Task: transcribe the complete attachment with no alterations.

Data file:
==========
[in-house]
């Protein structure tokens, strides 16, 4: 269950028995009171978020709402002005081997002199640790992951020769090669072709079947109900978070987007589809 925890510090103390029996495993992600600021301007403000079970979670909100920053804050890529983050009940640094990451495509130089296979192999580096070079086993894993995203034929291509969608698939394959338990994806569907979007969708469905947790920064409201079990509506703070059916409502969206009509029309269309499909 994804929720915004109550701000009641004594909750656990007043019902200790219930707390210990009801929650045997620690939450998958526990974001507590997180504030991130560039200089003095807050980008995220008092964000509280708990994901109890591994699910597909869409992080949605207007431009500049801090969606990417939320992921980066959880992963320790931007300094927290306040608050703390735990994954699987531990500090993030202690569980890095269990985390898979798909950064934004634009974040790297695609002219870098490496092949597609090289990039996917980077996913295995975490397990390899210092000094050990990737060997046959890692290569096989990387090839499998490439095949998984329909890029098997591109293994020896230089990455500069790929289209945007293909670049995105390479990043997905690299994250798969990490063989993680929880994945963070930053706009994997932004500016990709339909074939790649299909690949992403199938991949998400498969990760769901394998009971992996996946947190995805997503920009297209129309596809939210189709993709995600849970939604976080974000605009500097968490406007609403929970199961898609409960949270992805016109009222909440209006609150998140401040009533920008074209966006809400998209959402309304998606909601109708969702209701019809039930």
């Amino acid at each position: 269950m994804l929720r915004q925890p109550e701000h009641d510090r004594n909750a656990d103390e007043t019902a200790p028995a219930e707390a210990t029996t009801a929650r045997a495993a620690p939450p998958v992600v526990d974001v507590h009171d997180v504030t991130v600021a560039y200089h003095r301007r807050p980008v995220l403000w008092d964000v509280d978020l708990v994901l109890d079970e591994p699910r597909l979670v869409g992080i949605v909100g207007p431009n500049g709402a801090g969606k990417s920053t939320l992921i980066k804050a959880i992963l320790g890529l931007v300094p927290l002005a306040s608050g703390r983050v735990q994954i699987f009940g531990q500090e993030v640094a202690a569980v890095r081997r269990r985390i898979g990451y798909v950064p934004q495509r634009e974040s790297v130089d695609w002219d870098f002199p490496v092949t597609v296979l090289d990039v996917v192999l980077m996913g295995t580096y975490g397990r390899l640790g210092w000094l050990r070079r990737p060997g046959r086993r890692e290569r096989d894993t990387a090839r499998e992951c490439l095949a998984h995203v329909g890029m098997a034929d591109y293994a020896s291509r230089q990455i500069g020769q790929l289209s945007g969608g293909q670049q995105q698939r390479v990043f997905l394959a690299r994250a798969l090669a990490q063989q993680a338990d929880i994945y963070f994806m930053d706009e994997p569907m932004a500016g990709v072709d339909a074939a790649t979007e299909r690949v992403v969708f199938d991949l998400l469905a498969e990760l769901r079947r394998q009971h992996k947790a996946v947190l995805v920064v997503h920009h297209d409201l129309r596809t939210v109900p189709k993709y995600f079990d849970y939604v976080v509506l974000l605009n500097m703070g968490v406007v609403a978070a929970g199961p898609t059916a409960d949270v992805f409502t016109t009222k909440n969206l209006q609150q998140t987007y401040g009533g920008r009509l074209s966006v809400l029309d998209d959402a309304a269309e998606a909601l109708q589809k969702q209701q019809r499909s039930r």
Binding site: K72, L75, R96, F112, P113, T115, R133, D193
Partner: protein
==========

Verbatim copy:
[in-house]
């Protein structure tokens, strides 16, 4: 269950028995009171978020709402002005081997002199640790992951020769090669072709079947109900978070987007589809 925890510090103390029996495993992600600021301007403000079970979670909100920053804050890529983050009940640094990451495509130089296979192999580096070079086993894993995203034929291509969608698939394959338990994806569907979007969708469905947790920064409201079990509506703070059916409502969206009509029309269309499909 994804929720915004109550701000009641004594909750656990007043019902200790219930707390210990009801929650045997620690939450998958526990974001507590997180504030991130560039200089003095807050980008995220008092964000509280708990994901109890591994699910597909869409992080949605207007431009500049801090969606990417939320992921980066959880992963320790931007300094927290306040608050703390735990994954699987531990500090993030202690569980890095269990985390898979798909950064934004634009974040790297695609002219870098490496092949597609090289990039996917980077996913295995975490397990390899210092000094050990990737060997046959890692290569096989990387090839499998490439095949998984329909890029098997591109293994020896230089990455500069790929289209945007293909670049995105390479990043997905690299994250798969990490063989993680929880994945963070930053706009994997932004500016990709339909074939790649299909690949992403199938991949998400498969990760769901394998009971992996996946947190995805997503920009297209129309596809939210189709993709995600849970939604976080974000605009500097968490406007609403929970199961898609409960949270992805016109009222909440209006609150998140401040009533920008074209966006809400998209959402309304998606909601109708969702209701019809039930």
């Amino acid at each position: 269950m994804l929720r915004q925890p109550e701000h009641d510090r004594n909750a656990d103390e007043t019902a200790p028995a219930e707390a210990t029996t009801a929650r045997a495993a620690p939450p998958v992600v526990d974001v507590h009171d997180v504030t991130v600021a560039y200089h003095r301007r807050p980008v995220l403000w008092d964000v509280d978020l708990v994901l109890d079970e591994p699910r597909l979670v869409g992080i949605v909100g207007p431009n500049g709402a801090g969606k990417s920053t939320l992921i980066k804050a959880i992963l320790g890529l931007v300094p927290l002005a306040s608050g703390r983050v735990q994954i699987f009940g531990q500090e993030v640094a202690a569980v890095r081997r269990r985390i898979g990451y798909v950064p934004q495509r634009e974040s790297v130089d695609w002219d870098f002199p490496v092949t597609v296979l090289d990039v996917v192999l980077m996913g295995t580096y975490g397990r390899l640790g210092w000094l050990r070079r990737p060997g046959r086993r890692e290569r096989d894993t990387a090839r499998e992951c490439l095949a998984h995203v329909g890029m098997a034929d591109y293994a020896s291509r230089q990455i500069g020769q790929l289209s945007g969608g293909q670049q995105q698939r390479v990043f997905l394959a690299r994250a798969l090669a990490q063989q993680a338990d929880i994945y963070f994806m930053d706009e994997p569907m932004a500016g990709v072709d339909a074939a790649t979007e299909r690949v992403v969708f199938d991949l998400l469905a498969e990760l769901r079947r394998q009971h992996k947790a996946v947190l995805v920064v997503h920009h297209d409201l129309r596809t939210v109900p189709k993709y995600f079990d849970y939604v976080v509506l974000l605009n500097m703070g968490v406007v609403a978070a929970g199961p898609t059916a409960d949270v992805f409502t016109t009222k909440n969206l209006q609150q998140t987007y401040g009533g920008r009509l074209s966006v809400l029309d998209d959402a309304a269309e998606a909601l109708q589809k969702q209701q019809r499909s039930r």
Binding site: K72, L75, R96, F112, P113, T115, R133, D193
Partner: protein